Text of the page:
Council recognizes Boys & Girls Club, Child Abuse Prevention; changes made to park, pool fees
May 09, 2017 03:05PM ● Published by Travis Barton
Murray City Council passed a joint resolution with the mayor on March 21 to make March 27 through April 1, 2017 Boys & Girls Club Week. (Mandy Ditto/City Journals)
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By Mandy Ditto | firstname.lastname@example.org
Murray City Council officially passed joint resolutions with the mayor on March 21 to make March 27 through April 1, 2017 Boys & Girls Club Week, and to declare April as Child Abuse Prevention Month. They also passed resolutions to make official changes to fees for the Murray Park Center and the Murray Aquatics Center Outdoor Pool.
“Whereas the Boys & Girls Club have been transforming the lives of young people in Murray by providing quality afterschool programs in safe, fun and supportive environments since 1967,” Mayor Ted Eyre said. “And whereas there are tens of thousands of kids who have been served by the Boys & Girls Club over the past 50 years since it became a valuable part of our Murray community,” the week was officially recognized as Boys & Girls Week.
The MurrayBoys & Girls Club will be celebrating this week with more than 4,000 other clubs and more than 2 million young people across the nation, Eyre said.
Bob Dunn, vice president of Development and Government Relations for the Club in the Greater Salt Lake area, and several staff members and kids from the Club were present for the recognition from the Council and Mayor Eyre.
“We brought just a handful of our team, it is our 50th anniversary, the first club in the state of Utah was on January 26 and we opened at the old fire station on State Street, that was the first location of the Boys & Girls Club,” Dunn said. “Now 50 years later, we have grown and been a big part of the community ever since.”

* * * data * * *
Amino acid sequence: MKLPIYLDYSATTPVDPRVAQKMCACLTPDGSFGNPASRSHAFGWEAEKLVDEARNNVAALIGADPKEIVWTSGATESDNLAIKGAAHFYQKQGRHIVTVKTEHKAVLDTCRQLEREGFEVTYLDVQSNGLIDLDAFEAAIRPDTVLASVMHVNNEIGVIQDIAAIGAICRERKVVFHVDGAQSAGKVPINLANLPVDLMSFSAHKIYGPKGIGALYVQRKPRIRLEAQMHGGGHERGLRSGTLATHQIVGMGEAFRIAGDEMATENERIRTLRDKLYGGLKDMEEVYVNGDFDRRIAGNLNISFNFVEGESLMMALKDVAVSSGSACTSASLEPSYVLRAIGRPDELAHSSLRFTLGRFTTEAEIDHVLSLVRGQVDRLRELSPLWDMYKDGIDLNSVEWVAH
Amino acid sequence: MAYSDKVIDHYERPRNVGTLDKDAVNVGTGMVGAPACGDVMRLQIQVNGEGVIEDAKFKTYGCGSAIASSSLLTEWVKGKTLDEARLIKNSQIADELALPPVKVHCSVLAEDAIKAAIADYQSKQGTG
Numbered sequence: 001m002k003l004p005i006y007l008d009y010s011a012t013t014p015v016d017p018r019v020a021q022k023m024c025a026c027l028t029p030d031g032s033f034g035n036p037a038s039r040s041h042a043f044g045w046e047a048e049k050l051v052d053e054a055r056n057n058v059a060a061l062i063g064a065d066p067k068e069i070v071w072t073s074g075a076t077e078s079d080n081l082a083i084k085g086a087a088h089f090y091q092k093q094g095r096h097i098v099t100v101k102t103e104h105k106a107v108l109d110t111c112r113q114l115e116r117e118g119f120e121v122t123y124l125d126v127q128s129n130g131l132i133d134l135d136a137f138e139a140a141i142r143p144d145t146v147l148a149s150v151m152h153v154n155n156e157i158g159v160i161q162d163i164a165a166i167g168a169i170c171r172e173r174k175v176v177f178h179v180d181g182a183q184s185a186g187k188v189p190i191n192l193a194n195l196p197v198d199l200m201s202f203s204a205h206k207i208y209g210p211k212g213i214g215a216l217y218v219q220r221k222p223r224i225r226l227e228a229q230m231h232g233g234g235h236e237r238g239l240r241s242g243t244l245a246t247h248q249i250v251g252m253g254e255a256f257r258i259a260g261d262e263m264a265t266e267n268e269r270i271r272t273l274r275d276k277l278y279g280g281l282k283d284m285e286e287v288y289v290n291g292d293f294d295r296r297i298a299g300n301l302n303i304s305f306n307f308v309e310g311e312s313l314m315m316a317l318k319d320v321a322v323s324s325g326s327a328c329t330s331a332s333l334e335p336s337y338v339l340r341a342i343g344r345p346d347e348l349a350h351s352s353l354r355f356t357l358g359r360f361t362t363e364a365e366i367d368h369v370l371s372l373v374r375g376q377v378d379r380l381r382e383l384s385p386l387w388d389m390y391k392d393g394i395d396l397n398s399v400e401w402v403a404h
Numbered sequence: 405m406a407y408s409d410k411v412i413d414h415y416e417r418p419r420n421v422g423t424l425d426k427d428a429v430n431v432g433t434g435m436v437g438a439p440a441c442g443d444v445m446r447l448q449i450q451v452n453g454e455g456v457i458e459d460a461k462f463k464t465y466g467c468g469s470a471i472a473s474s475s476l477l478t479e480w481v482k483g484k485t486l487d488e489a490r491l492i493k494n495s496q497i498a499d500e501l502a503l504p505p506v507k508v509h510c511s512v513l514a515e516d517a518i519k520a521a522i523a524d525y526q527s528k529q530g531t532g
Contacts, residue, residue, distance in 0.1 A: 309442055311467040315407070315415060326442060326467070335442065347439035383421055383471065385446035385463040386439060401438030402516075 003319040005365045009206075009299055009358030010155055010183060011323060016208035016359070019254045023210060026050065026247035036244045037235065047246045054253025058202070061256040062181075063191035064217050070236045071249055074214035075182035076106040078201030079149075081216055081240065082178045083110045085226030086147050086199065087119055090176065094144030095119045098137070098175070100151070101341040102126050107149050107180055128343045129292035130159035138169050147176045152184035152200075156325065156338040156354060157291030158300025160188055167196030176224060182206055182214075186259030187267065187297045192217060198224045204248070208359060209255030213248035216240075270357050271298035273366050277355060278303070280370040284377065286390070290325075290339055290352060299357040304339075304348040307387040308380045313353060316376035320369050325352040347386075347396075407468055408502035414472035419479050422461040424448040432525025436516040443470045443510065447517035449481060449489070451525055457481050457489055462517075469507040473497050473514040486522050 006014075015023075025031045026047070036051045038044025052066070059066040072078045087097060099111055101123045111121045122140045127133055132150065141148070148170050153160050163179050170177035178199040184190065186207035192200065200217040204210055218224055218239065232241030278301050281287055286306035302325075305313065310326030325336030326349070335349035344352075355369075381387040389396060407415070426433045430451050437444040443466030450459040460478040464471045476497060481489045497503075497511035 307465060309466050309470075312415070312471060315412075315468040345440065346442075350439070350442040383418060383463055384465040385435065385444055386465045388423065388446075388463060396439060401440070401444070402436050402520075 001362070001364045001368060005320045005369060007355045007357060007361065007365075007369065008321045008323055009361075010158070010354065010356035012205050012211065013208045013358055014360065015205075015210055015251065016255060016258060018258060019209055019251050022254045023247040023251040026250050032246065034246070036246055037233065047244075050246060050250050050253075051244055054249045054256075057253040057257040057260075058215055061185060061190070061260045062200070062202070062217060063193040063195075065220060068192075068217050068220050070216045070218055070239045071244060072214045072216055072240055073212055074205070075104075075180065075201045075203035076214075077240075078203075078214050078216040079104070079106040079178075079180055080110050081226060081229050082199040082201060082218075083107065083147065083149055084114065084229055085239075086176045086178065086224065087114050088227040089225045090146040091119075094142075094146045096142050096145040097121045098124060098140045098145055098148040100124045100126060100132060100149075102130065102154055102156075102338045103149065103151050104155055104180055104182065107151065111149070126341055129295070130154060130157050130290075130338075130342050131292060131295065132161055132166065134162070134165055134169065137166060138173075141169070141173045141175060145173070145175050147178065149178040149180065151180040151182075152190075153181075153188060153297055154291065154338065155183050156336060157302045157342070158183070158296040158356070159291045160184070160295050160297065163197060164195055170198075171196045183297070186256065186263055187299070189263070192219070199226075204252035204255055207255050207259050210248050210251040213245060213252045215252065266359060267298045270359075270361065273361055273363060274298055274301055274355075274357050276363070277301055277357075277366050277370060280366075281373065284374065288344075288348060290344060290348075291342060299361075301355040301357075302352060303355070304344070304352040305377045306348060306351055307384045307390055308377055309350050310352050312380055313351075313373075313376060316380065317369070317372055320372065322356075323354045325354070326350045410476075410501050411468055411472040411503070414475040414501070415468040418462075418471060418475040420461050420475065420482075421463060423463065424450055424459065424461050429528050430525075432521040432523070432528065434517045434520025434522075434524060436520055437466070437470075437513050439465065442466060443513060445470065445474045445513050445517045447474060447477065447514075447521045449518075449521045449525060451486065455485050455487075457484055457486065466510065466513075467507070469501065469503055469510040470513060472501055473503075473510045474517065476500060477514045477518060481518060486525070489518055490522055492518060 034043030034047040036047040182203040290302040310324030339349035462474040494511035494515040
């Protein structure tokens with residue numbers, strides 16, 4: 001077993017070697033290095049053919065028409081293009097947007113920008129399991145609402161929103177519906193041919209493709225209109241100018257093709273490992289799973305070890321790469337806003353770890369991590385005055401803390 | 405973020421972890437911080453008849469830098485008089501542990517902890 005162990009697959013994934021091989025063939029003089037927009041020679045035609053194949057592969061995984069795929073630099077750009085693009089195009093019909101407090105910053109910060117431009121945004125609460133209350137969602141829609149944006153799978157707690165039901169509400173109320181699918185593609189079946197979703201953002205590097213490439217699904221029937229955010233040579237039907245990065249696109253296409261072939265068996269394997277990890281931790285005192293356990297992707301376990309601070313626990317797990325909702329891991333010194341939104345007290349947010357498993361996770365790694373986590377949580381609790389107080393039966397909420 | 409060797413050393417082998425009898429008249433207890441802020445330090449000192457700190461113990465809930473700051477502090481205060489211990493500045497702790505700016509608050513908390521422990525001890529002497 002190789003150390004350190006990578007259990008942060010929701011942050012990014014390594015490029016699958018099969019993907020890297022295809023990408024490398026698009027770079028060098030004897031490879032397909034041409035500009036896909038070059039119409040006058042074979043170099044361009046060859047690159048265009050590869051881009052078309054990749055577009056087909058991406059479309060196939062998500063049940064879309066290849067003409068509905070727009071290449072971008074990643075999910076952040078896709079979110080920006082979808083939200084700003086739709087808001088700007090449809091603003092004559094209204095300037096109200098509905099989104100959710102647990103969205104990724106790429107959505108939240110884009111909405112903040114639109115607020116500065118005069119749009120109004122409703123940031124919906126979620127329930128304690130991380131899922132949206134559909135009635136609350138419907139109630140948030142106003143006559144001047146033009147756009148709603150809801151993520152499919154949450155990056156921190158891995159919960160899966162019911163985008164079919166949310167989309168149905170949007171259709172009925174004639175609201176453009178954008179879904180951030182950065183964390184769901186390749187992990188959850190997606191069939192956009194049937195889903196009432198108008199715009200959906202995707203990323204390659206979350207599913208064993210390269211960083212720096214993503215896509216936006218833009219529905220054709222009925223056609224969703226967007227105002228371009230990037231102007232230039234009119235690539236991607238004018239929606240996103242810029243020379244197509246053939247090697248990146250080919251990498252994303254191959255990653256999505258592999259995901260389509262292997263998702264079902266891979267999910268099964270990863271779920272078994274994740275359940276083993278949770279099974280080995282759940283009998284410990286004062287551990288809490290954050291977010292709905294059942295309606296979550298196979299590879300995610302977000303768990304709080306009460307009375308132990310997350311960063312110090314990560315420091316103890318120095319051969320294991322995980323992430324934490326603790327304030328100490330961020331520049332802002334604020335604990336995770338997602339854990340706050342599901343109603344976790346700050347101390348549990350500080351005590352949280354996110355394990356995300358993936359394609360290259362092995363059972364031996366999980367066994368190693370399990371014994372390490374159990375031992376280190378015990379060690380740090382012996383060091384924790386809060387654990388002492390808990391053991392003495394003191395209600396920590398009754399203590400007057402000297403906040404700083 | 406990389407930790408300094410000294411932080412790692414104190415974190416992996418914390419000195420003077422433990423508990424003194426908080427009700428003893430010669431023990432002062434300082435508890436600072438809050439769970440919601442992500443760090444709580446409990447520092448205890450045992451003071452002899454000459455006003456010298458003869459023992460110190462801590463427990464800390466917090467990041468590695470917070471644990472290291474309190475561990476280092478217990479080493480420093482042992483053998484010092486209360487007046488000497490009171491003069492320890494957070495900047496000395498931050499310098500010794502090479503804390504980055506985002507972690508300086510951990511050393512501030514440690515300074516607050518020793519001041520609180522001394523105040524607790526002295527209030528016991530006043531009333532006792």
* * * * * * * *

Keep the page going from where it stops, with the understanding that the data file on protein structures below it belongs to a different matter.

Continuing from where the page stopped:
The Council also recognized and declared April as Child Abuse Prevention Month in Murray City, in support of the MurrayExchange Club.
“Child abuse is a serious and growing problem that respects no racial, religious, socio-economic or geographical boundaries and whereas Utah ranks fourth in reported cases of child abuse nationally, with 210 cases reported in 2016 here in Murray City,” Eyre said, “Be it further resolved that in support of this effort to increase awareness of child abuse, Murray City will fly the child abuse prevention flag in front of City Hall during the month of April.”
The Exchange Club and Murray Excel Club will also tie ribbons on the trees and put a pinwheel on City Hall grounds for each case of child abuse reported in Murray in 2016, Eyre said.
“I would like to thank the mayor and each member of the council for assisting the Exchange Club in raising awareness for this horrible problem in our society,” said Jennifer Brass, Exchange Club president. “We all need to work together on this horrible, growing problem. Please come join us.”
Nine changes were approved for the Murray City Park Center’s fees, which include:
- Fitness classes and daycare service will now be included in the annual membership fee,
- Children under the age of 3 can enter free,
- Daily admission was taken down $1 for all age categories,
- The non-resident fee is eliminated, so non-residents pays the same amount as residents,
- The family/couple membership category was eliminated, and instead having an add-on fee to individual memberships,
- A veteran/active military discount was added,
- There are now group discounts for groups of 10 or more people,
- There will be a five percent discount on annual membership fees paid in advance, and
- The definition for household membership was changed to include any people living in the same household.
Changes for the fees will begin May 1, and staff members at the Center will be working to make sure the public is aware of the changes, and that everything can be ready to take place by May, said Doug Hill, the city’s public services director. “We see this as a benefit to anyone who participates at the Park Center,” he said.
“Because the outdoor swimming pool is so connected to the Park Center, we also felt like we needed to make some adjustments to our fees at the outdoor pool, the changes are rather minor,” Hill said. Changes include:
- The age of a senior for a senior pass was changed from age 55 to age 60,
- The cost of daily admission for an adult was increased from $3.50 to $4, and
- Season memberships were eliminated, since punch cards are available and provide a discount.
“I just want to say what a wonderful amenity the swimming pool and
Park Center is, I’ve been going to the swimming pool since I was a child.
I use to go with my grandmother, if you can imagine. It’s been there a long
time,” said councilwoman Diane Turner.
Hill reminded the council and audience that the original swimming pool used to get water from Little Cottonwood Creek.